For Billy Porter, gratitude and dismay over ‘Pose’ snub. But ‘we have made history’
On Aug. 6, Billy Porter stood in front of the Lincoln Memorial to record a message for a virtual charity event put on by the March for Our Lives organization. It was the 55th anniversary of the Voting Rights Act, and despite being at high risk for COVID-19 as a diabetic, Porter journeyed from his Long Island home to speak these words from Toni Morrison, “This is precisely the time when artists go to work. There is no time for despair, no place for self-pity, no need for silence, no room for fear. We speak, we write, we do language. That is how civilizations heal.”
Productions on the stage and screens both small and large may have come to a halt, but Porter has found a way to keep working.
“Artists have always been at the forefront of change and speaking truth to power and leading the charge,” Porter says a few days later over the phone. “It is shows like ‘Pose’ that shine a light on issues and things that would otherwise go unnoticed. And it’s done in a creative way, so it cracks people open as opposed to shutting people down.”
The Envelope recently gathered the actors who have brought some of your favorite TV dramas to life — Jason Bateman (Netflix’s “Ozark”), Patricia Clarkson (HBO’s “Sharp Objects”), Jodie Comer (BBC America’s “Killing Eve”), Bob Odenkirk (AMC’s “Better Call Saul”), Billy Porter (FX’s “Pose”) and Lorraine Toussaint (NBC’s “The Village”) — to talk about the pros and cons of Peak TV, the roles that push beyond the comfort zone, fan overreactions and nervous breakdowns.
The 2019 Emmy winner for lead actor in a drama, Porter has once again been nominated for his role as the charismatic emcee Pray Tell in Steven Canals’, Ryan Murphy’s and Brad Falchuk’s period drama, a series that over two seasons has put a much-needed spotlight on the lives of LGBTQ+ characters in the early ‘90s New York City ballroom scene.
It’s a spotlight — or “crack” — much like Porter’s Tony Award-winning performance in the Broadway musical “Kinky Boots.” After one performance he recalls New York Sen. Kristen Gillibrand telling him, “This show does more for the progress of LGBTQ rights than any government official could ever think about doing.” And as someone who has dedicated their life to art as activism he sees the power in opening even more cracks.
Porter reflects, “It’s not lost on me, having lived through the AIDS crisis, watching an entire generation of people just evaporate, many of my friends, many of my mentors. And me thinking, ‘How did I survive? Why did I survive? What is it for?’ It’s for this. It’s for this moment. It’s the fact that I lived so that I could tell the story. I mean, God, when I came out of drama school in 1991, there wasn’t even a space to dream about ‘Pose’ or Pray Tell. I couldn’t even dream it. ‘Pose’ is the impossible happening right before our eyes.”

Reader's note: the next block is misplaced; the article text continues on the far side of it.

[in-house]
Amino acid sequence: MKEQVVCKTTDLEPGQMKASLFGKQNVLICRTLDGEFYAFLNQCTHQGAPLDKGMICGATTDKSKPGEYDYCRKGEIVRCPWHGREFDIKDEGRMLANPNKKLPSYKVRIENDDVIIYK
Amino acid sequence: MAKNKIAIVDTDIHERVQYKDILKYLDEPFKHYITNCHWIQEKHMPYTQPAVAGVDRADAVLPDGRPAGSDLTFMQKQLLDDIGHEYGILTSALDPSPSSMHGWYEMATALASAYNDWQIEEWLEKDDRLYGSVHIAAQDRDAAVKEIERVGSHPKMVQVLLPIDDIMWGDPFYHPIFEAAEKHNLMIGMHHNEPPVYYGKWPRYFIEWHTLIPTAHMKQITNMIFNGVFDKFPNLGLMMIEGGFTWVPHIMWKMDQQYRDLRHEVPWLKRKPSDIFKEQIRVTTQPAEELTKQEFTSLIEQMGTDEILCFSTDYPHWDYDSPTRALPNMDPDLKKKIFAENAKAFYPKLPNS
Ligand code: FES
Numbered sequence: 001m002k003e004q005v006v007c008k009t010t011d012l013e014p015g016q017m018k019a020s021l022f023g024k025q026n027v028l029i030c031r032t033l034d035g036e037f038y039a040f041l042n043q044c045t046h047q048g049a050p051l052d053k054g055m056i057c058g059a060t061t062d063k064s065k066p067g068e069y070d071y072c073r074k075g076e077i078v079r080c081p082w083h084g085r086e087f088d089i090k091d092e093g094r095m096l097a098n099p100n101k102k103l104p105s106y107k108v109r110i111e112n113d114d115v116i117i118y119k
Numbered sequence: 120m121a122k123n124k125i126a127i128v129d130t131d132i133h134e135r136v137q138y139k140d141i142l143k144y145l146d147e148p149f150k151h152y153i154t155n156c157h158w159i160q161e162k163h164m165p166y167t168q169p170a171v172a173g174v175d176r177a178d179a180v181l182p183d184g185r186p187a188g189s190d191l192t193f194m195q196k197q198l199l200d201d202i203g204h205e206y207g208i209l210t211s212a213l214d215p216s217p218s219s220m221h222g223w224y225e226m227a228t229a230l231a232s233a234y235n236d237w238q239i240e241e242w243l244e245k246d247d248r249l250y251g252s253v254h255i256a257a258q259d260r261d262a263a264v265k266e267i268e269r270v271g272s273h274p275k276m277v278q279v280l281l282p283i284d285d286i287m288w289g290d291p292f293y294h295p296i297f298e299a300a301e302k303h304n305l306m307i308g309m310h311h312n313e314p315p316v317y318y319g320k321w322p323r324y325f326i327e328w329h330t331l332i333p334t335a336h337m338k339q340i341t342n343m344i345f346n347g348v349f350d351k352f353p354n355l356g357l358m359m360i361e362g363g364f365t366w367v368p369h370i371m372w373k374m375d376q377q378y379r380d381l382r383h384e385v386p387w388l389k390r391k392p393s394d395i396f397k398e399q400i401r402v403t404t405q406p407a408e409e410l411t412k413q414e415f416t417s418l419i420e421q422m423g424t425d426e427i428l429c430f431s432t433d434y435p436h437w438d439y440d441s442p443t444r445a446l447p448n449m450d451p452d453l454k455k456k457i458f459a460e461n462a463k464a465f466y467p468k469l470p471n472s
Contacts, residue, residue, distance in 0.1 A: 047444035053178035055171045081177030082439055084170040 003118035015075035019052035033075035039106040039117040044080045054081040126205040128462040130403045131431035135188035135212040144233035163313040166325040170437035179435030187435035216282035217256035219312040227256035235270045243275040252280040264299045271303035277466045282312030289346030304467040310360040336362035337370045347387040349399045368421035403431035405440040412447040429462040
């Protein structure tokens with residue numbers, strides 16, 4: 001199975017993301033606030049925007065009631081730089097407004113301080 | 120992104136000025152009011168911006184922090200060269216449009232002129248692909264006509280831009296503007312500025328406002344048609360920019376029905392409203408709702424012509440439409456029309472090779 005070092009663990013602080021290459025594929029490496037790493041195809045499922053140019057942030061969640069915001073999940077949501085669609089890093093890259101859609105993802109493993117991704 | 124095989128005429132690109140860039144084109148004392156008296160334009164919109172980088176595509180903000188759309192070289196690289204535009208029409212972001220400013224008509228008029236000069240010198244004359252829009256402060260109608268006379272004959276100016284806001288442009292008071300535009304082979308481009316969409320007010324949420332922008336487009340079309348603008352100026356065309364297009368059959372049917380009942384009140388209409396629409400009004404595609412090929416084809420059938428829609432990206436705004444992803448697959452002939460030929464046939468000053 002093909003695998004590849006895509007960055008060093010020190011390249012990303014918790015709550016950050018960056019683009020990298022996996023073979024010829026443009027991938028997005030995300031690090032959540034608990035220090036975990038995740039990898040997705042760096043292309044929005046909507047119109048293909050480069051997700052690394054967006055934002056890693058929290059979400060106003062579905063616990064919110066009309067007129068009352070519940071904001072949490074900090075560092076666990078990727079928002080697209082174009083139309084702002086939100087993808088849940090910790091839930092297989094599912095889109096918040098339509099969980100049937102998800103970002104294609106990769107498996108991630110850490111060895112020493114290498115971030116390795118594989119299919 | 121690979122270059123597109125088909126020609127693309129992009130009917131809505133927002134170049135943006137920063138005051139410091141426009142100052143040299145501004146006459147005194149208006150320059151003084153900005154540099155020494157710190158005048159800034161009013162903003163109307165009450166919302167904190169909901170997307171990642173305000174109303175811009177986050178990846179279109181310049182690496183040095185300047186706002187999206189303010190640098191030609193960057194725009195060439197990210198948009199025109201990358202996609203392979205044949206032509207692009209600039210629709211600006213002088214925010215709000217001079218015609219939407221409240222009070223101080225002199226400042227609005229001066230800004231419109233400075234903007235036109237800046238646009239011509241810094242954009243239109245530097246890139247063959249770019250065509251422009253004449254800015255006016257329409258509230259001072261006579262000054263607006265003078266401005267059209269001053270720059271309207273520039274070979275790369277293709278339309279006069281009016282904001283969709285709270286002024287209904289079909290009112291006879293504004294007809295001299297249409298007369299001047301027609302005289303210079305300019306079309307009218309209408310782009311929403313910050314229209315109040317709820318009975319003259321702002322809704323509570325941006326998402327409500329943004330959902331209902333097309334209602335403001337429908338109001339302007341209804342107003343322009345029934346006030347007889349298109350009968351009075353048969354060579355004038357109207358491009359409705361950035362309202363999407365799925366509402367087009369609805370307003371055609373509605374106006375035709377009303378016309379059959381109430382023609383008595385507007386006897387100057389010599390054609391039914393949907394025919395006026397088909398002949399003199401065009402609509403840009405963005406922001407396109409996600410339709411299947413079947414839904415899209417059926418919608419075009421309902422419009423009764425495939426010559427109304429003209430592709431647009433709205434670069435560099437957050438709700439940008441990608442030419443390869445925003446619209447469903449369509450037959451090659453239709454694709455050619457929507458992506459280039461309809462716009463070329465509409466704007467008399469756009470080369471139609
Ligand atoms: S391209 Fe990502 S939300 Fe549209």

Having had to work over the first 25 years of his career for true recognition, Porter says being nominated a second time is “heartening,” and he’s “humbled to be in the conversation” once again. That “Pose” itself didn’t repeat in the drama series category? He’s quite blunt when he admits it was beyond disappointing. In fact, he had one word for it: “weird.”
“But I mean, what are you going to do?,” Porter says. “It’s hard for me because it’s like, ‘Yes, I’m completely angry. Yes, it’s horrible.’ MJ Rodriguez deserved a nomination. She carries the show on her back like Jesus on the road to Damascus, with that cross. Like, she carries it. Angelica Ross’ performance. Those performances were really special, and it’s upsetting. But simultaneously, the gratitude to just simply even be in the room, is what is the present that I try to come back to. These stories have never been told in the mainstream like this before, ever. We have made history. We are in the history books, whether we win awards or not. This cast, this show, this moment. We are history.”
And, as demonstrated by his recent trip to Washington, there are other things foremost on Porter’s mind. There is renewed focus for social justice after the death of George Floyd. There is the election this November. There are things to fight for, whether we’re in the middle of a global pandemic or not.
Series creators, including Chuck Lorre and Dan Levy, exchange ideas on what new TV productions might look like. Think cellophane for starters.
“The hardest part about this moment in American history, I feel, is that we are seeing America for who she really is,” Porter says. “And healing doesn’t happen until there’s acknowledgement that something needs to be healed. And America, we like to act as if it didn’t happen. But when you act like it never happened, then there’s no conversation and the real focus on how to heal the damage.”
But Porter remains hopeful because, to be blunt, if he didn’t he wouldn’t get out of bed in the morning.
“I have to stay engaged because I stand on the shoulders of people who gave their lives for me to be here, to be in this moment,” Porter says. “I don’t know anything else. I’ve never lived in any other way. Like I said, I’m first-generation post-civil rights movement. All I know how to do is fight. That’s all I’ve ever done, and that’s all I know how to do. So, I will be doing that until the day I die.”
From the Emmys to the Oscars.
Get our revamped Envelope newsletter, sent twice a week, for exclusive awards season coverage, behind-the-scenes insights and columnist Glenn Whipp’s commentary.
You may occasionally receive promotional content from the Los Angeles Times.